Despite dropped steel tariffs, one Manitoba manufacturer of agricultural equipment says it’s too early to be optimistic.
“I think it’s just going to be a regular day of business,” said Darren Blazeiko, general manager of Cancade CBI Ltd. in Brandon.
Why it matters: The tariffs have made imports of steel and equipment and exports of finished products more expensive and more expensive for farmers trying to buy equipment, especially from the U.S.
The Canadian, U.S. and Mexican governments came to agreement May 17 to drop the tariffs on steel and aluminum, which had been in place for almost a year. The tariffs, 25 per cent on steel and 10 per cent on aluminum, were driven by U.S. President Donald Trump’s attempt to force agreement to a new North American trade agreement by using tariffs.
“It was a lean year” for Canadian makers of farm equipment, says Steve McCabe, executive director of the Agricultural Manufacturers of Canada.
Manufacturers had the tariffs “eat right into their bottom line,” says McCabe. Some companies continued to carry larger overhead in the belief that the tariffs wouldn’t last. Others had to slow down operations, reduce employee numbers or not hire.
Blazeiko said Cancade had to raise prices, or in the cases of existing contracts, absorb the lost profits caused by tariffs, but added that all equipment manufacturers were in the same boat.
“It hurt everybody, I guess,” said Blazeiko.
Cancade saw a 20-25 per cent price increase on some parts it imported from the States, said Blazeiko. He noted this did not translate to the same percentage increase in the equipment’s retail price, as factors like labour are a large part of the price tag.
The tariffs created the odd situation where manufacturers could import components of steel without tariff, but then the finished products couldn’t be sold outside of the country.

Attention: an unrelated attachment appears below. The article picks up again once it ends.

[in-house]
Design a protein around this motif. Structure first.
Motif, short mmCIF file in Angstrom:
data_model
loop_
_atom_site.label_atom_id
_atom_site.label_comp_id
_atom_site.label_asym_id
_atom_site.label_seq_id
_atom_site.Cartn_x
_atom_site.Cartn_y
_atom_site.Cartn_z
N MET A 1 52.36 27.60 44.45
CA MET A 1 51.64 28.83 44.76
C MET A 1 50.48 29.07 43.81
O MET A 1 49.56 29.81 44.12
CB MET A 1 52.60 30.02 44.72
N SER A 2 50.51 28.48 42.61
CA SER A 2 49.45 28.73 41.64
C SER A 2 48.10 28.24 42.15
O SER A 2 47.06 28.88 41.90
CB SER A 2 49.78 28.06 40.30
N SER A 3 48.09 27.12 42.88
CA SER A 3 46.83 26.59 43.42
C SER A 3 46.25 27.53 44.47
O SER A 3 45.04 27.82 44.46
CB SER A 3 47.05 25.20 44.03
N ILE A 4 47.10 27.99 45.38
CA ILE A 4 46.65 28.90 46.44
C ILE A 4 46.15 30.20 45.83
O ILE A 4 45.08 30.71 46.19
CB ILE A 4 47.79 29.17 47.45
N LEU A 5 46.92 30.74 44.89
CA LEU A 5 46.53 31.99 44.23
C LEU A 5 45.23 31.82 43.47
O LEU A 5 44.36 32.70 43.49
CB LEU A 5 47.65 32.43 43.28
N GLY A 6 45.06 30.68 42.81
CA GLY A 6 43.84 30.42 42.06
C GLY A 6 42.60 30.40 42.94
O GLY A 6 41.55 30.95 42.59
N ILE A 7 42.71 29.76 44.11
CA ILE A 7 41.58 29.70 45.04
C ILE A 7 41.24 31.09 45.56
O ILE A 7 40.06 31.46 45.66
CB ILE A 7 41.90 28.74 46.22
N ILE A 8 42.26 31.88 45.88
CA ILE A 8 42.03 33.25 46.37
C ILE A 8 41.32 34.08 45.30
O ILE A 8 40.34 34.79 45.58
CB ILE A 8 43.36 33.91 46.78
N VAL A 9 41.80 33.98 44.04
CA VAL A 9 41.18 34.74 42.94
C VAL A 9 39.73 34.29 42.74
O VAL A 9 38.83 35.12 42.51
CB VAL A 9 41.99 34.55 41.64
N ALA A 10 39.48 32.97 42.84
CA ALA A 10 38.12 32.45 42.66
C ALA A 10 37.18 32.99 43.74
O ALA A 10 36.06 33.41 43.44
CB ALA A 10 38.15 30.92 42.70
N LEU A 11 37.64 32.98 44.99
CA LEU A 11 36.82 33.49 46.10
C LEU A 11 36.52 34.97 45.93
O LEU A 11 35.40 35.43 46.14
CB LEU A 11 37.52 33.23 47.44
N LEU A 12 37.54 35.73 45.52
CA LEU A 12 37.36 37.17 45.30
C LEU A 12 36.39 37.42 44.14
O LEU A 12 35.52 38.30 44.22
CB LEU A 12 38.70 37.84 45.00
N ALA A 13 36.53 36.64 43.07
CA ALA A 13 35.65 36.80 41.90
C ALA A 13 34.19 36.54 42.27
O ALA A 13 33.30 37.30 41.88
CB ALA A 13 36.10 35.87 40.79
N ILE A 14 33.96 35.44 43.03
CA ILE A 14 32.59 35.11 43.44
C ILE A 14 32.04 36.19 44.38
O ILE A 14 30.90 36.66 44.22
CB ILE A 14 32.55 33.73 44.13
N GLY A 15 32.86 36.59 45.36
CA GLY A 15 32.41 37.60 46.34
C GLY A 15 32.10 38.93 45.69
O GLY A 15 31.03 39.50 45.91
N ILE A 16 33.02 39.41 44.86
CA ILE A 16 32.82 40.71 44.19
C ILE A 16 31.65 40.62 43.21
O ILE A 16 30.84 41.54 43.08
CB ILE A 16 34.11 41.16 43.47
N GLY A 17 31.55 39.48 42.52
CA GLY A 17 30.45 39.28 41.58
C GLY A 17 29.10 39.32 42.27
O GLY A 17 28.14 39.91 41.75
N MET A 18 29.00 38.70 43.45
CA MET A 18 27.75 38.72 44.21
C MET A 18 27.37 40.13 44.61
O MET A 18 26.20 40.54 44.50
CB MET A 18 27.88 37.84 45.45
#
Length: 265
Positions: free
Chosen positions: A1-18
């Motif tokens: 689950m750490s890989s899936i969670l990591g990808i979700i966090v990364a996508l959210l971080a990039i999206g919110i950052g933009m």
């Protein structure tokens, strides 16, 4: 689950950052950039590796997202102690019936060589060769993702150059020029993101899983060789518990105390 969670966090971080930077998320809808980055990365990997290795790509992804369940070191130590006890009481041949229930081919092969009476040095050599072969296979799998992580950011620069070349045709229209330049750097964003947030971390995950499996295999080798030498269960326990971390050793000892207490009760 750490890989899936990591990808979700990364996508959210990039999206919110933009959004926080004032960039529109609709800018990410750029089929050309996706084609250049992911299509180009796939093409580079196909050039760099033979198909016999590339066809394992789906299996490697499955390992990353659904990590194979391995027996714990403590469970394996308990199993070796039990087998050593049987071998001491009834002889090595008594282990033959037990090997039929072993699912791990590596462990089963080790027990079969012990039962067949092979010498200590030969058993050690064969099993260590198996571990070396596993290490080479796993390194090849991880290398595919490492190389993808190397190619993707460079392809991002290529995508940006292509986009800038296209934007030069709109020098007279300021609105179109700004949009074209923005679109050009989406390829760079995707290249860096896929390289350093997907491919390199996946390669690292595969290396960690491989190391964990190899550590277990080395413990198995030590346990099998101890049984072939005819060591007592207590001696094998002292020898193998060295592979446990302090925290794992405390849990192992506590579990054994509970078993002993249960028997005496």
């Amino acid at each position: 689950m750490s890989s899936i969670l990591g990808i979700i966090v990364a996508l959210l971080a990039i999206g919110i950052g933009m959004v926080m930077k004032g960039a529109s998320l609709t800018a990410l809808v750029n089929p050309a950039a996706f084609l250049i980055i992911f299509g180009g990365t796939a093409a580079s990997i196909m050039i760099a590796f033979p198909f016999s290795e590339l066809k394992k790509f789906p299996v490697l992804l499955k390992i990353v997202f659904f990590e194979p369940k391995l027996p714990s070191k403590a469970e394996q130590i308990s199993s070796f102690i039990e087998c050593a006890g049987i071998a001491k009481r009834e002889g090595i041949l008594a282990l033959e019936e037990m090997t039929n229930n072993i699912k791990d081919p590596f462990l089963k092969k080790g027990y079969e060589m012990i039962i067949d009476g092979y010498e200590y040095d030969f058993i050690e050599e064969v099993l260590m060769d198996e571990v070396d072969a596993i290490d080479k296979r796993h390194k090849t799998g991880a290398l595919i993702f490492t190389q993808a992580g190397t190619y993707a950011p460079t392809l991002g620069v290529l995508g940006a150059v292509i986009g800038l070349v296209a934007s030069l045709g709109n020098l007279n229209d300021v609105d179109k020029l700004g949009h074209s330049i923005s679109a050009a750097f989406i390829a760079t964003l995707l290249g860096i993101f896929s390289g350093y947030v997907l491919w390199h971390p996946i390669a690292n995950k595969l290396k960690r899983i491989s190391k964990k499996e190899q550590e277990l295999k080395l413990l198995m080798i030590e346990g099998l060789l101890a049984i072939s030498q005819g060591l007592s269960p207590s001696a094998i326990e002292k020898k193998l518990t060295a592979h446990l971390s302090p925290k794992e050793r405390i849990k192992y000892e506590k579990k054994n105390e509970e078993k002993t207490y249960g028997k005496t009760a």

Much of the equipment built by Canadian manufacturers is exported. Some of it goes outside of North America, but for many members of AMC, the largest market is the United States.
“This stalled a lot of people,” in agriculture manufacturing. “It stopped them dead in their tracks,” says McCabe.
He said he didn’t know when the effect of the dropping of the tariffs would filter down to farm-level pricing, but he expected manufacturers would be hearing from their customers.
The tariffs were the main topic of conversation for McCabe when he met with federal cabinet ministers, but they are not the only challenge for farm equipment makers. Crop prices are down, at least partly due to the current trade war between the United States and China into which Canada has been pulled. That means farmers are not as likely to purchase new equipment.
The fact that China is now not buying Canadian canola has meant western Canadian farmers have also pulled back in their purchase of equipment, says McCabe.
“A lot of farmers are very skeptical this year,” said Blazeiko, adding Cancade has seen sales drop because of concerns over canola.
The tariffs rankled many in Canada because Trump used provisions that declared imports of steel and aluminum from Canada a national security issue, despite Canada’s steadfast support of the U.S. on security issues.
“This decision reflects what is known to be true by friends on both sides of the border: Canada has been America’s most steadfast ally for more than 100 years, and our long-standing partnership and closely linked economies make us more competitive around the world and improve our combined security,” said Prime Minister Justin Trudeau as the tariffs were lifted.
The lifting of the tariffs is expected to help speed passage of the new United States-Mexico-Canada Agreement on trade agreed to in late 2018 by the three countries.
McCabe says having Mexico also applying pressure on the United States on the tariffs helped Canada convince the U.S. to lift the tariffs.
“It was good to have someone on our side fighting the same battle for sure,” he says.